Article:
Exercise For Longer Life
More than 1,500 Norwegians age 70 and older, all of whom walked regularly or were active in other ways enrolled in the study and agreed to start and continue to exercise more regularly for the following five years. They were divided into three groups. The first agreed to walk or otherwise spend a half an hour in motion most days of the week. A second group exercised moderately for 50 minutes twice a week while the third group engaged in twice-weekly high-intensity interval training involving cycling or jogging strenuously for four minutes, resting for four minutes and then repeating the sequence four times. Five years later, the researchers determined that about 4.6 percent of the original volunteers had died during the study – that number was lower than deaths among 70-year-olds in the Norwegian population and indicated that active seniors were living longer than others of the same age.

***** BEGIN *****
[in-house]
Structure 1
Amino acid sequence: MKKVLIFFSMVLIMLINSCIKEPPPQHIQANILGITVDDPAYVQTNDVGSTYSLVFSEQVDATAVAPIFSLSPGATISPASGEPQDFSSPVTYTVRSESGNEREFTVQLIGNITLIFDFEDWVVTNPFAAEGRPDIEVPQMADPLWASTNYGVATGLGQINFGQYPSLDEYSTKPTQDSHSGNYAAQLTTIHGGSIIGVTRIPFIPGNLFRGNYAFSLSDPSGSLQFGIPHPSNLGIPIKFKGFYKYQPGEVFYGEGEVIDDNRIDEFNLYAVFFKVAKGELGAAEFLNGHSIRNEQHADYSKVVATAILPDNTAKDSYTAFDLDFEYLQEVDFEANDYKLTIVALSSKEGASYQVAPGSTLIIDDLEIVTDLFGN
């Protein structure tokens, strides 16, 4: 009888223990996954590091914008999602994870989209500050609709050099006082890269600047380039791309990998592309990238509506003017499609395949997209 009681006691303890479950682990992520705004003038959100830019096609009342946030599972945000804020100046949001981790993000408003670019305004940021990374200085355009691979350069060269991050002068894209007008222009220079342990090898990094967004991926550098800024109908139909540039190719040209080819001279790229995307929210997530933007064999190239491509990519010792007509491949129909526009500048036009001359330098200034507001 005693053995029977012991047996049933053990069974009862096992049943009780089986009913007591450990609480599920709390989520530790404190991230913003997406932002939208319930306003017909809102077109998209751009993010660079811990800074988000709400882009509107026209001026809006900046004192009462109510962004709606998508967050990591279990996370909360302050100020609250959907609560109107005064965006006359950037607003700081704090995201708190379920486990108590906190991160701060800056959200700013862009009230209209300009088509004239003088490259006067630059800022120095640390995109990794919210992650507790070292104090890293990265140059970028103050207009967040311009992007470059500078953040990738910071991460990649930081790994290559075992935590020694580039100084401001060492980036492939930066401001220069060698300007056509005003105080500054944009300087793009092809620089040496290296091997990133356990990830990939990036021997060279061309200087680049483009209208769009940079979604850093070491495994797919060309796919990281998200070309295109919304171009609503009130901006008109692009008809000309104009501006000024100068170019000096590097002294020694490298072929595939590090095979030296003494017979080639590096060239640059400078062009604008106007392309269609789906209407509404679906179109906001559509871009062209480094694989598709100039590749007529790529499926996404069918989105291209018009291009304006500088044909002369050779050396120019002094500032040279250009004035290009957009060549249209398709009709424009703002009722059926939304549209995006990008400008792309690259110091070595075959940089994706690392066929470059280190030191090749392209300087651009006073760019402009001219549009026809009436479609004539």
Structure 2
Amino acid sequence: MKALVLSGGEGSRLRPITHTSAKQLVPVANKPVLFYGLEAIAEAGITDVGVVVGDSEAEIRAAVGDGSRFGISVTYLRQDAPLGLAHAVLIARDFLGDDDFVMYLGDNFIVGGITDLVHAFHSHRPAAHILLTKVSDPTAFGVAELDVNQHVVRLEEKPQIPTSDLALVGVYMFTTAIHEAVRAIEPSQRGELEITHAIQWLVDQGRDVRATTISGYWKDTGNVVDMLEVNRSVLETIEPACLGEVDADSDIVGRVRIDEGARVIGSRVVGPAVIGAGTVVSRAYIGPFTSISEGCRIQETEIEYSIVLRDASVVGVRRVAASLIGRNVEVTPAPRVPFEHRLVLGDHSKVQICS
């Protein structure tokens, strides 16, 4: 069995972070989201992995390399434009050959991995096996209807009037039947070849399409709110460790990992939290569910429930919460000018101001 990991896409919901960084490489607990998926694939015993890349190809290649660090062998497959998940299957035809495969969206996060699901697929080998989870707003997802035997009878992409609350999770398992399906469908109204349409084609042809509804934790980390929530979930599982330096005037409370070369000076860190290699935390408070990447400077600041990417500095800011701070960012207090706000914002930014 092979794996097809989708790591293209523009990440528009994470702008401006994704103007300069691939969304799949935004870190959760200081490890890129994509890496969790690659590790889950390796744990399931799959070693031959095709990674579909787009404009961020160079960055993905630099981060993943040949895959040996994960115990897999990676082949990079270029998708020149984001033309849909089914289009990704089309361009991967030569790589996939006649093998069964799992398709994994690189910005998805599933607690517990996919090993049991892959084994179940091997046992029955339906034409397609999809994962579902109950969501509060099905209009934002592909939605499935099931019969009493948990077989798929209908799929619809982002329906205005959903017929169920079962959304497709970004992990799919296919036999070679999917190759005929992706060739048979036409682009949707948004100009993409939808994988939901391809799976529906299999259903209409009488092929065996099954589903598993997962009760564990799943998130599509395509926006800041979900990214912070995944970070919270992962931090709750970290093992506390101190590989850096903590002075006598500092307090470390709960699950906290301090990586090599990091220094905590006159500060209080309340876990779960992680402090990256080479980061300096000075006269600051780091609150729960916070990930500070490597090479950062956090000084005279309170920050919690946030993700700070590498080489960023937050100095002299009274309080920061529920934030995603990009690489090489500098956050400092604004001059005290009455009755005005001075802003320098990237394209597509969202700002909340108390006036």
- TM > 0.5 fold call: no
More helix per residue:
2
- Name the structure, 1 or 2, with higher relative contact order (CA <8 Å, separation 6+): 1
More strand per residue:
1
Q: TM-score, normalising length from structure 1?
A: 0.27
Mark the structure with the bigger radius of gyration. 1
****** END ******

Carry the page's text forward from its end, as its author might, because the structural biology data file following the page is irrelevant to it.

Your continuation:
My take? These new findings reveal, yet again, how important it is to remain physically active regardless of age, and the fact that exercise can actually extend your life. As you may know, my preference for aerobic/cardiovascular conditioning is walking, ideally a brisk 45-minute daily walk. The exercise will enhance your heart and lung function and improve your endurance as well as help with weight control by burning calories. For older adults who have joint problems that might be aggravated by walking, I recommend swimming or water aerobics classes.
Dorthe Stensvold et al, “Effect of exercise training for five years on all-cause mortality in older adults—the Generation 100 study: randomised controlled trial,” BMJ 2020, doi.org/10.1136/bmj.m3485, October 7, 2020.
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